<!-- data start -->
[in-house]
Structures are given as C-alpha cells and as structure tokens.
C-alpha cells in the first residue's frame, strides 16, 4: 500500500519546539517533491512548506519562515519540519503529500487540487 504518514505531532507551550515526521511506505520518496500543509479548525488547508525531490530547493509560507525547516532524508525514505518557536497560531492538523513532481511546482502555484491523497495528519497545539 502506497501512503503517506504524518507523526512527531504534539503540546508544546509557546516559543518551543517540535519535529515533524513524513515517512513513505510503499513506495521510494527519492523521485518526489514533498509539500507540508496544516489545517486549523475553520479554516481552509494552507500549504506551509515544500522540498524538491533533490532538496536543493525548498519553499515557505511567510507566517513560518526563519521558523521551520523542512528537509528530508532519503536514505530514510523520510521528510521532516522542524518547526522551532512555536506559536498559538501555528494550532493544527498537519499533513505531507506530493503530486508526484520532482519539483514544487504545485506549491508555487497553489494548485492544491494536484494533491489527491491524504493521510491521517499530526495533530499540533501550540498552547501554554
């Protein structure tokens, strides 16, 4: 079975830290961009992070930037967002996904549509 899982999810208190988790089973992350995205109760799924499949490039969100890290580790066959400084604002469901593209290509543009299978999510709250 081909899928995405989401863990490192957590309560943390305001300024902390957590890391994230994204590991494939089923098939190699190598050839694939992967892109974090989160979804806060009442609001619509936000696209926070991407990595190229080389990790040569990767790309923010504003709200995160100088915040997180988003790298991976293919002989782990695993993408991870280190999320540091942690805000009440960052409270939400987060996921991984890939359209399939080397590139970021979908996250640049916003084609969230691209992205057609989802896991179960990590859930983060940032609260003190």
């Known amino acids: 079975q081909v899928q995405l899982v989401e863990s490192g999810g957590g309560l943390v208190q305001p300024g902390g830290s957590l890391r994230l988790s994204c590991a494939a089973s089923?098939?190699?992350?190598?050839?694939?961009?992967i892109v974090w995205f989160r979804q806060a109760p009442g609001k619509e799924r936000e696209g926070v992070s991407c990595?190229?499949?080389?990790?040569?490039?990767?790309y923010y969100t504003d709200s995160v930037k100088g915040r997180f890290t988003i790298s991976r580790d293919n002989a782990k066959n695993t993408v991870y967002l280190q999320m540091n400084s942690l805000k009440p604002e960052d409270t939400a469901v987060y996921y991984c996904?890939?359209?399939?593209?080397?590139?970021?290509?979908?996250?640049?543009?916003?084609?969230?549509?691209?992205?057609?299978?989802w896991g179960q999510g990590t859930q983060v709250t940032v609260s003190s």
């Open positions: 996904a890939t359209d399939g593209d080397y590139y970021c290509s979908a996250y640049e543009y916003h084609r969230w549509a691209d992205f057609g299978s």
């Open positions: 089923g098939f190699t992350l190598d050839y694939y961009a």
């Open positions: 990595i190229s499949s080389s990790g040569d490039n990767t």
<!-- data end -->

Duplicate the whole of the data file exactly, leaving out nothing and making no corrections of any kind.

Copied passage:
[in-house]
Structures are given as C-alpha cells and as structure tokens.
C-alpha cells in the first residue's frame, strides 16, 4: 500500500519546539517533491512548506519562515519540519503529500487540487 504518514505531532507551550515526521511506505520518496500543509479548525488547508525531490530547493509560507525547516532524508525514505518557536497560531492538523513532481511546482502555484491523497495528519497545539 502506497501512503503517506504524518507523526512527531504534539503540546508544546509557546516559543518551543517540535519535529515533524513524513515517512513513505510503499513506495521510494527519492523521485518526489514533498509539500507540508496544516489545517486549523475553520479554516481552509494552507500549504506551509515544500522540498524538491533533490532538496536543493525548498519553499515557505511567510507566517513560518526563519521558523521551520523542512528537509528530508532519503536514505530514510523520510521528510521532516522542524518547526522551532512555536506559536498559538501555528494550532493544527498537519499533513505531507506530493503530486508526484520532482519539483514544487504545485506549491508555487497553489494548485492544491494536484494533491489527491491524504493521510491521517499530526495533530499540533501550540498552547501554554
């Protein structure tokens, strides 16, 4: 079975830290961009992070930037967002996904549509 899982999810208190988790089973992350995205109760799924499949490039969100890290580790066959400084604002469901593209290509543009299978999510709250 081909899928995405989401863990490192957590309560943390305001300024902390957590890391994230994204590991494939089923098939190699190598050839694939992967892109974090989160979804806060009442609001619509936000696209926070991407990595190229080389990790040569990767790309923010504003709200995160100088915040997180988003790298991976293919002989782990695993993408991870280190999320540091942690805000009440960052409270939400987060996921991984890939359209399939080397590139970021979908996250640049916003084609969230691209992205057609989802896991179960990590859930983060940032609260003190």
């Known amino acids: 079975q081909v899928q995405l899982v989401e863990s490192g999810g957590g309560l943390v208190q305001p300024g902390g830290s957590l890391r994230l988790s994204c590991a494939a089973s089923?098939?190699?992350?190598?050839?694939?961009?992967i892109v974090w995205f989160r979804q806060a109760p009442g609001k619509e799924r936000e696209g926070v992070s991407c990595?190229?499949?080389?990790?040569?490039?990767?790309y923010y969100t504003d709200s995160v930037k100088g915040r997180f890290t988003i790298s991976r580790d293919n002989a782990k066959n695993t993408v991870y967002l280190q999320m540091n400084s942690l805000k009440p604002e960052d409270t939400a469901v987060y996921y991984c996904?890939?359209?399939?593209?080397?590139?970021?290509?979908?996250?640049?543009?916003?084609?969230?549509?691209?992205?057609?299978?989802w896991g179960q999510g990590t859930q983060v709250t940032v609260s003190s």
């Open positions: 996904a890939t359209d399939g593209d080397y590139y970021c290509s979908a996250y640049e543009y916003h084609r969230w549509a691209d992205f057609g299978s």
């Open positions: 089923g098939f190699t992350l190598d050839y694939y961009a």
């Open positions: 990595i190229s499949s080389s990790g040569d490039n990767t």